PURCELLVILLE, Va. — Purcellville's wastewater treatment plant processes water for more than 7,000 residents in the Loudoun County town. Now it’s also protecting them in a new way by trying to detect COVID-19 virus remnants in sewage.
It’s the town’s attempt to see how widespread the infection is – even before people may know they are sick.
"There is a series of calculations that they do to actually quantify the amount of cases in Purcellville based upon the amount of flow that the facility had that day," said Mark Inboden of Inboden Environmental Services.
The technique is called wastewater epidemiology. To do it, Inboden's team takes a small sample, which represents the entire town’s sewage for a day. The RNA genetic markers of COVID-19, non-infectious at that point, pass from the body and remain in water flushed down the toilet. That sample is then run through testing at BioBot’s Boston-area lab.
BioBot first developed its technology for another public health crisis.
"Over the last few years we've been measuring the concentration of about 30 different opioids and related drugs, including illicit opioids like heroin and fentanyl," said BioBot co-founder Newsha Ghaeli.
The first round of testing May 13 estimated 50 cases in Purcellville. That estimate spiked to 320 cases a week later, but went down to 65 by the end of the month.
That spike in cases was similar to a verified spike in new COVID-19 cases in Loudoun County, according to its health department. Estimates aren’t yet available for June.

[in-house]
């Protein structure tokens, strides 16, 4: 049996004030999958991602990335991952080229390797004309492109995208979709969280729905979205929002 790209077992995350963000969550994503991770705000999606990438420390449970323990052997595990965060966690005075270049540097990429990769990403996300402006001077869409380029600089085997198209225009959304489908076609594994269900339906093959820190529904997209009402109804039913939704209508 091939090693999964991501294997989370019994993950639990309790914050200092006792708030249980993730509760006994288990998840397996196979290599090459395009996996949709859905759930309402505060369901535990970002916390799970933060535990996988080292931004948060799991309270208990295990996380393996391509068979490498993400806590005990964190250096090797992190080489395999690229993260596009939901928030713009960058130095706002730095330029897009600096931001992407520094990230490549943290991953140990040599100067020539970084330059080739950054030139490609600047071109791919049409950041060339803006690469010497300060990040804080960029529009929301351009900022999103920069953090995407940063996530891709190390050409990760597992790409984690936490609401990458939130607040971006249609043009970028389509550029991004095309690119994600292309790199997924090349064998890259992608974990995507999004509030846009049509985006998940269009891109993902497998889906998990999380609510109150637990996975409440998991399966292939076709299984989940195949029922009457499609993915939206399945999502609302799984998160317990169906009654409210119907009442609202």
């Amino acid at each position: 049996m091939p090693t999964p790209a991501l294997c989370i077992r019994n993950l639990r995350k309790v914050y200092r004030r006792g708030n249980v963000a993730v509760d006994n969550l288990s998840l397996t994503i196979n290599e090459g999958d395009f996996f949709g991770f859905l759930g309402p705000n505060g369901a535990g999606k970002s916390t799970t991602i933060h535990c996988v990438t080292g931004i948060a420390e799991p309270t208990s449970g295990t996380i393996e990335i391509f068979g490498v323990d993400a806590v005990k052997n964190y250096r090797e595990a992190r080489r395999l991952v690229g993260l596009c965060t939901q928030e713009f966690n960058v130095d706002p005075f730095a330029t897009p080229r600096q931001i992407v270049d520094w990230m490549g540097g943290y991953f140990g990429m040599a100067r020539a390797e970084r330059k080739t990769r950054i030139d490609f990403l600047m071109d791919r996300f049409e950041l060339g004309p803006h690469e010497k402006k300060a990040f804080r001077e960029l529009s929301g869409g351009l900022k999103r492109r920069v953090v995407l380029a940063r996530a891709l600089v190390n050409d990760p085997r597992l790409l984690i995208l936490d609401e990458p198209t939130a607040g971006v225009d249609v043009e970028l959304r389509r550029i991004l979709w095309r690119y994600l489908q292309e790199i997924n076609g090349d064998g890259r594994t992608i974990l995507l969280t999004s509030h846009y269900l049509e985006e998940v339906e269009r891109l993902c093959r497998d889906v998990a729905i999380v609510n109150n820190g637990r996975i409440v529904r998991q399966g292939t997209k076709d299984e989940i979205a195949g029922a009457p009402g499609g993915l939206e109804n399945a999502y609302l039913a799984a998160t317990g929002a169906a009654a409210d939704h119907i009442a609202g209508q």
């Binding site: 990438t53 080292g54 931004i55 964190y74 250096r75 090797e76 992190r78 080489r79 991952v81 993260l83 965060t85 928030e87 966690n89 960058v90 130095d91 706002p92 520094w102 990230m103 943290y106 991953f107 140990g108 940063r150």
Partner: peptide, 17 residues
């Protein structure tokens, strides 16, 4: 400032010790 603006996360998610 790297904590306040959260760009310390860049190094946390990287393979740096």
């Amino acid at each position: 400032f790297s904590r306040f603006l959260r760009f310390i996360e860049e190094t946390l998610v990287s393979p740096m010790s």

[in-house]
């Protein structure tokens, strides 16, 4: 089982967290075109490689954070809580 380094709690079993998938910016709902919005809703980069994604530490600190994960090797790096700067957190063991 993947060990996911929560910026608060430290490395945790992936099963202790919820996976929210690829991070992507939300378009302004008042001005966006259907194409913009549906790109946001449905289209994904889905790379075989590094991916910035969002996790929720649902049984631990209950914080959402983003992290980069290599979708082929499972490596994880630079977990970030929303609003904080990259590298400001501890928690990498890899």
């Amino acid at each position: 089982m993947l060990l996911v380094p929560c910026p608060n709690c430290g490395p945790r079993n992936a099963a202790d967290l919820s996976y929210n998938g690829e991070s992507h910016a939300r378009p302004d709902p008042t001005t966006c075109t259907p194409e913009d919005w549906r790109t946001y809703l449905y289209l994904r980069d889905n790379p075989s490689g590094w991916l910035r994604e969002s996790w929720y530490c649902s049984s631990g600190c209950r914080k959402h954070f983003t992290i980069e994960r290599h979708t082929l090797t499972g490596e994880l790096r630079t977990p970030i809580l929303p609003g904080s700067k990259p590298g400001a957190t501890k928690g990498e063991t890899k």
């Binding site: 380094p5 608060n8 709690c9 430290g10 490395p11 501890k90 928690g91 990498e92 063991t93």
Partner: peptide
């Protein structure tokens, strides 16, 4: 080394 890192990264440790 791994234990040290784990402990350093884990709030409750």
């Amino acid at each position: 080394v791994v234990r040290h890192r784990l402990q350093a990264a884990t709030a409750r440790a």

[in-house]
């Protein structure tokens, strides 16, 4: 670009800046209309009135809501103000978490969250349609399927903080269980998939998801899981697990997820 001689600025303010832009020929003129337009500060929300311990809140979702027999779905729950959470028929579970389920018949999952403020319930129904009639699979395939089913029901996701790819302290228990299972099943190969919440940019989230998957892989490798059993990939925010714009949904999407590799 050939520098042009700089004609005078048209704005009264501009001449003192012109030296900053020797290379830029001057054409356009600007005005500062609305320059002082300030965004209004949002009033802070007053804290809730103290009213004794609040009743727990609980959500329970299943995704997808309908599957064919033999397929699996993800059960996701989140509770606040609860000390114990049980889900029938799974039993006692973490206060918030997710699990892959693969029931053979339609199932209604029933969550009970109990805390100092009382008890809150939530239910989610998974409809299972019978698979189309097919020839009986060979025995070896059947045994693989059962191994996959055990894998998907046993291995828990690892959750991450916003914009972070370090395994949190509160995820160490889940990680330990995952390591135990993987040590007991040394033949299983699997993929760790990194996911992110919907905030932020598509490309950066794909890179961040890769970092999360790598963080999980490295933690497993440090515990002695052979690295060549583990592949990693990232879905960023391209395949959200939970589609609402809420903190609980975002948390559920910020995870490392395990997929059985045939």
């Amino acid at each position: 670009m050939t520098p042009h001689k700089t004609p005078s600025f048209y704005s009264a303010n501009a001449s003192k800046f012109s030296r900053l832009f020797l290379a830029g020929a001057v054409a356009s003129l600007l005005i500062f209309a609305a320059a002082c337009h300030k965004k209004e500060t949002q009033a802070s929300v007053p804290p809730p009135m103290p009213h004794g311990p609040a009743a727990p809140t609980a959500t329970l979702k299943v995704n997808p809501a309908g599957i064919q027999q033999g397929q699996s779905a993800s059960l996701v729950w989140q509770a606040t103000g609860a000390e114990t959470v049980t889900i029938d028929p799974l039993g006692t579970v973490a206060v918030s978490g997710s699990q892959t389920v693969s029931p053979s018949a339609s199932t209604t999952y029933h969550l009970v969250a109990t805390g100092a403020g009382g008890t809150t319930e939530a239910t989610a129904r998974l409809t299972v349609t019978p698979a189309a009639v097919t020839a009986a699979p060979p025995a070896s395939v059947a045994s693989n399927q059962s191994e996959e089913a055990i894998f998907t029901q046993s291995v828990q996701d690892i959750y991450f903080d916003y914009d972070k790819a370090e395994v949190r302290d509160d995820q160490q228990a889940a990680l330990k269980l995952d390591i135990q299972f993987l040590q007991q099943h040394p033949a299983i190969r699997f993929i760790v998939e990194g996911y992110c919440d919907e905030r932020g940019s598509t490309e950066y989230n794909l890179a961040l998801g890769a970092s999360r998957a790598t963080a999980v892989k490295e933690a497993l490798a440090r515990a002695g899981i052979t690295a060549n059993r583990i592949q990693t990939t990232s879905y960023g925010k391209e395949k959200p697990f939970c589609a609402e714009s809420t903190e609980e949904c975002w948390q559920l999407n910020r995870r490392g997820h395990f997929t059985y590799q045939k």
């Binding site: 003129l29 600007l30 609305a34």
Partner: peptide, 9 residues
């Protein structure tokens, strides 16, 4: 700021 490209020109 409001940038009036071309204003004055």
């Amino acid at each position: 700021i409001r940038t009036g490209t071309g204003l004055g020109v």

Purcellville Mayor Kwasi Fraser decided he wanted an early warning system for Purcellville and brought in BioBot.
"Now that we have this knowledge, we will provide that information to the health department and this will assist us in potentially getting more support. They say, 'What gets measured, gets improved," Fraser said.
"That probably would have been the last place I would have even thought they can get more information about how [the coronavirus] is spread," said Purcellville resident and high school history teacher Jason Lucas. "Whatever they can do to get information, to be active, to feel like they’re giving their constituents the belief they are doing everything they can to know the most amount about this virus that they can, I think that’s great."
BioBot says other cities in the D.C. metro area have signed up for COVID-19 sewage testing, but is keeping its customer list confidential.
"So, today, we're in 400 communities. We imagine being able to test up to 75% of the U.S. population," added Ghaeli.